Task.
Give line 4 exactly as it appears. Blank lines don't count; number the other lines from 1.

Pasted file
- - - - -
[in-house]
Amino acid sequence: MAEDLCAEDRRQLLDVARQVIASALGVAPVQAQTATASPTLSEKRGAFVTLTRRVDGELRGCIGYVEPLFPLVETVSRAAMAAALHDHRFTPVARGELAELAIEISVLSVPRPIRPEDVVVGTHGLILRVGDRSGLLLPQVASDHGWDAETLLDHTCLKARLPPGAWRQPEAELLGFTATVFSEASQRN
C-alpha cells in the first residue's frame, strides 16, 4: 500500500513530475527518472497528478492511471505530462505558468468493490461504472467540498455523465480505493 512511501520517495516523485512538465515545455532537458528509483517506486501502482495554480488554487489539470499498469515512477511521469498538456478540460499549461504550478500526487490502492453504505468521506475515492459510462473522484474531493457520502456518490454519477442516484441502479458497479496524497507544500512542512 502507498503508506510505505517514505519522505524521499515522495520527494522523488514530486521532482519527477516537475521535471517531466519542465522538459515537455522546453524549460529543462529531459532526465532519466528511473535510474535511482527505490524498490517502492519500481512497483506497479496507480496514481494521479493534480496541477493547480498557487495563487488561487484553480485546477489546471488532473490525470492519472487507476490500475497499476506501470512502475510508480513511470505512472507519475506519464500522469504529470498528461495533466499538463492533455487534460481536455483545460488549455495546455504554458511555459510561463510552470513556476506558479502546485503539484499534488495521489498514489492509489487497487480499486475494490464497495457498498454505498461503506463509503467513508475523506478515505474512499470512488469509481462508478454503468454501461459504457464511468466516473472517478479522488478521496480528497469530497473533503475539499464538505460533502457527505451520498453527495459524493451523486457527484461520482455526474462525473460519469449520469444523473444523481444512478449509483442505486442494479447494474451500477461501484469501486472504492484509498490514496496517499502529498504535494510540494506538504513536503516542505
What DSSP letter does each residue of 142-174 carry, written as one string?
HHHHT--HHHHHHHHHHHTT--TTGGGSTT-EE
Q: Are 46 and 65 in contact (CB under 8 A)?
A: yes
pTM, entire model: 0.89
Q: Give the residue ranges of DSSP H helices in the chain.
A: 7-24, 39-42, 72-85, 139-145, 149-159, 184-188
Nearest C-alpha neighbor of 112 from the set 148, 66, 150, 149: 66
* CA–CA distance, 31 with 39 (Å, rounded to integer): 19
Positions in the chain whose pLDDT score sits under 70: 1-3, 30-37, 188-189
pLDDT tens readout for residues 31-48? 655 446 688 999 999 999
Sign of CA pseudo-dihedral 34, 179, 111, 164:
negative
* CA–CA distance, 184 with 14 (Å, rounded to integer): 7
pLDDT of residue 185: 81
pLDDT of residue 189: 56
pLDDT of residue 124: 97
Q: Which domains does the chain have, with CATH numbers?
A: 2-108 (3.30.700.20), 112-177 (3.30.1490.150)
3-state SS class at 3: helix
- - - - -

What DSSP letter does each residue of 142-174 carry, written as one string?